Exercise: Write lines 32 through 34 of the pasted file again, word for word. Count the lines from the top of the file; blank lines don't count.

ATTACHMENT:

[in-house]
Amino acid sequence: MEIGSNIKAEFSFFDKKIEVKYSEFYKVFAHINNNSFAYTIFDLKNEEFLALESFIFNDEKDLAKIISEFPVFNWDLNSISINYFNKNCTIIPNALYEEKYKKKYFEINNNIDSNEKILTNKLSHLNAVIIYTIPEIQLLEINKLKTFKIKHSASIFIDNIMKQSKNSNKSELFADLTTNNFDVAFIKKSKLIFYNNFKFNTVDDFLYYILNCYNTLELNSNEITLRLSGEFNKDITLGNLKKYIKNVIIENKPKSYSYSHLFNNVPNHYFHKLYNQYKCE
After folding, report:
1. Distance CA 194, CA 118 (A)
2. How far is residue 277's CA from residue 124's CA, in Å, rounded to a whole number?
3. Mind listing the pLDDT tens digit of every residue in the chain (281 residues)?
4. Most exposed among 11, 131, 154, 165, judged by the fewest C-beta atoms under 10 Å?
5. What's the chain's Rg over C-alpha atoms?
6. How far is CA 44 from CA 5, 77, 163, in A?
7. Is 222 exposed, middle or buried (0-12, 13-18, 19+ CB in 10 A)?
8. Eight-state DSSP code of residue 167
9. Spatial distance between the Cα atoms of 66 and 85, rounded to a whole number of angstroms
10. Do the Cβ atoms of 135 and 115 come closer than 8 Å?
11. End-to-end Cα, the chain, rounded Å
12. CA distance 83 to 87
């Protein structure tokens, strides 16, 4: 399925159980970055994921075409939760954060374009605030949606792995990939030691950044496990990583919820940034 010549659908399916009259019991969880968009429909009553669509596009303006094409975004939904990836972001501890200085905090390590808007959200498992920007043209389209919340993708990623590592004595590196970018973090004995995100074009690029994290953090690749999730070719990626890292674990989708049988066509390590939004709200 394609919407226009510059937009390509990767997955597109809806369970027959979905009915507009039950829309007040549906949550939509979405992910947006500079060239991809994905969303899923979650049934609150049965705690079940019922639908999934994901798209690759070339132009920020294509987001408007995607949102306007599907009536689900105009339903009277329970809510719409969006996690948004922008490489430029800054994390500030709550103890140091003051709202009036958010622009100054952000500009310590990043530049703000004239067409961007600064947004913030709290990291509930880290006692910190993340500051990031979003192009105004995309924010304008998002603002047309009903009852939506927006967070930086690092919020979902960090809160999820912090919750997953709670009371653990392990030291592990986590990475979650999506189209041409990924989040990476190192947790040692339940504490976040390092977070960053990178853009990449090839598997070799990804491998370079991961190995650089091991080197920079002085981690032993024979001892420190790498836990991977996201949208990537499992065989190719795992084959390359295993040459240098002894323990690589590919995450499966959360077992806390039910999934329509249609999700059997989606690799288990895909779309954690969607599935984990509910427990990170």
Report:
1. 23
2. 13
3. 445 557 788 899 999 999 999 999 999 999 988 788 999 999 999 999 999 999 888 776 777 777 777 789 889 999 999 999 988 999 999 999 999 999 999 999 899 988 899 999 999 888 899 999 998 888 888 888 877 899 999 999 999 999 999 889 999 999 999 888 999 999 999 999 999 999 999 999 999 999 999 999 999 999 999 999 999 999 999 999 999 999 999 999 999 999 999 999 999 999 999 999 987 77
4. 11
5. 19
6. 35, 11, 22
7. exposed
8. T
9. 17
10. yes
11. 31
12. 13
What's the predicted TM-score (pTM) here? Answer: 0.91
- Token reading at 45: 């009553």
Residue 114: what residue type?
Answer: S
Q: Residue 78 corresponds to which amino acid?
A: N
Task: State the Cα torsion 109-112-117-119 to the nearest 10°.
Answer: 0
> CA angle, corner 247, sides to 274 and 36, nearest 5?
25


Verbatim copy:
Residue 114: what residue type?
Answer: S
Q: Residue 78 corresponds to which amino acid?